By Dr. Susan Cooper-Morphew, Obstetrics and Gynecology, Christie Clinic
There are so many choices of contraception from which to choose. The key to picking the right form of contraception for you is to know the strengths and weaknesses of each method and your future goals. Are you the type of woman who can remember to take a pill every day? Are you still breastfeeding? Do you want a period every month? When will you want to have another child?
For women who are not planning to have another child for a year or more there are long-acting, reversible contraceptive options. These options include the following:
• The Mirena is an intrauterine device (IUD) that can remain in place for up to five years. It can initially cause irregular bleeding but the longer that it stays in the uterus the lighter a woman’s period becomes. After the first year, 20 percent of women will not have their period until the Mirena is removed. Ovulation will recommence in 2-3 months after removal.
• The Copper IUD is a non-hormonal device that can remain in the uterus for up to 10 years. This IUD will allow the woman to continue to have monthly periods. When removed, ovulation often returns with the next cycle.
• The Nexplanon is a single rod of progesterone that is implanted in the arm and is good for three years. It can initially cause irregular bleeding. Once removed, ovulation can reoccur in 1-4 weeks.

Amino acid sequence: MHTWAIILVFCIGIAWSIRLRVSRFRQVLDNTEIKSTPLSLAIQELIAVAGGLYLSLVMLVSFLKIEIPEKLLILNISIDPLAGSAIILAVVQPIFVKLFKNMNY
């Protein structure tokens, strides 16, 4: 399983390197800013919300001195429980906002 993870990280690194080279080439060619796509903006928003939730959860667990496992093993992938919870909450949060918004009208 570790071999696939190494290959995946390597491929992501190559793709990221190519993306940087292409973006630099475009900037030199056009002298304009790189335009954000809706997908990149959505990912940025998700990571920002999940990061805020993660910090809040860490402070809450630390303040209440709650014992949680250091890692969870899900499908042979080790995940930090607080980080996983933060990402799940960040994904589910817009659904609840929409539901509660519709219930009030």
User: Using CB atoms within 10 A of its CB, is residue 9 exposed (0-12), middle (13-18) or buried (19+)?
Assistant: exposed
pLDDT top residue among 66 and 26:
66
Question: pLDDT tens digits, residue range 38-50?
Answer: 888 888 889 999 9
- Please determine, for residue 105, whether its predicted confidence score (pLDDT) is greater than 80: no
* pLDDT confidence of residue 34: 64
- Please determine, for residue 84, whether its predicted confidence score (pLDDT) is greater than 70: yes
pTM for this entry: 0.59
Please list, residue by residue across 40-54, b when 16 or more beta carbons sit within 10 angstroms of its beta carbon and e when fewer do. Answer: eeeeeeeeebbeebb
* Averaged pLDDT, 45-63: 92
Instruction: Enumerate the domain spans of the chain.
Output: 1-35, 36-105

• Depo-Provera is an injection that women can receive every three months. The majority of women don’t get their periods after being on Depo-Provera for one year. Side effects can include irregular bleeding for the first few months, weight gain, and reversible bone loss. Once discontinued, return to ovulation can take 10 to 18 months.
For women who want more month-to-month options there are the following. The return to ovulation with these options are 1-3 months:
• Birth control pills are pills that should be taken every day. There are two main categories of pills: The progesterone only pill is a birth control pill that must be taken at the same hour every day to be effective. If not, the woman can still get pregnant or experience breakthrough bleeding. There are also combined estrogen/progesterone pills that must be taken daily. These pills do not have to be taken at the same time each day.
• The NuvaRing is a device that the woman can insert in her vagina and for three weeks, she can then take it out and have a period. It is good for women who are not good at remembering to take pills daily but want the same effects as birth control pills.
• The patch can be applied once a week for three weeks followed by a patch free week. It is good for women who do not want to take a pill, injection or insertion. It is not as private as the pill or ring because it can be visible.
There are other options available including tubal ligation, female and male condoms, and natural family planning. Before making a decision on which contraceptive choice is right for you, consult your OB/GYN.
Dr. Susan Cooper-Morphew is an OB/GYN at Christie Clinic in Champaign.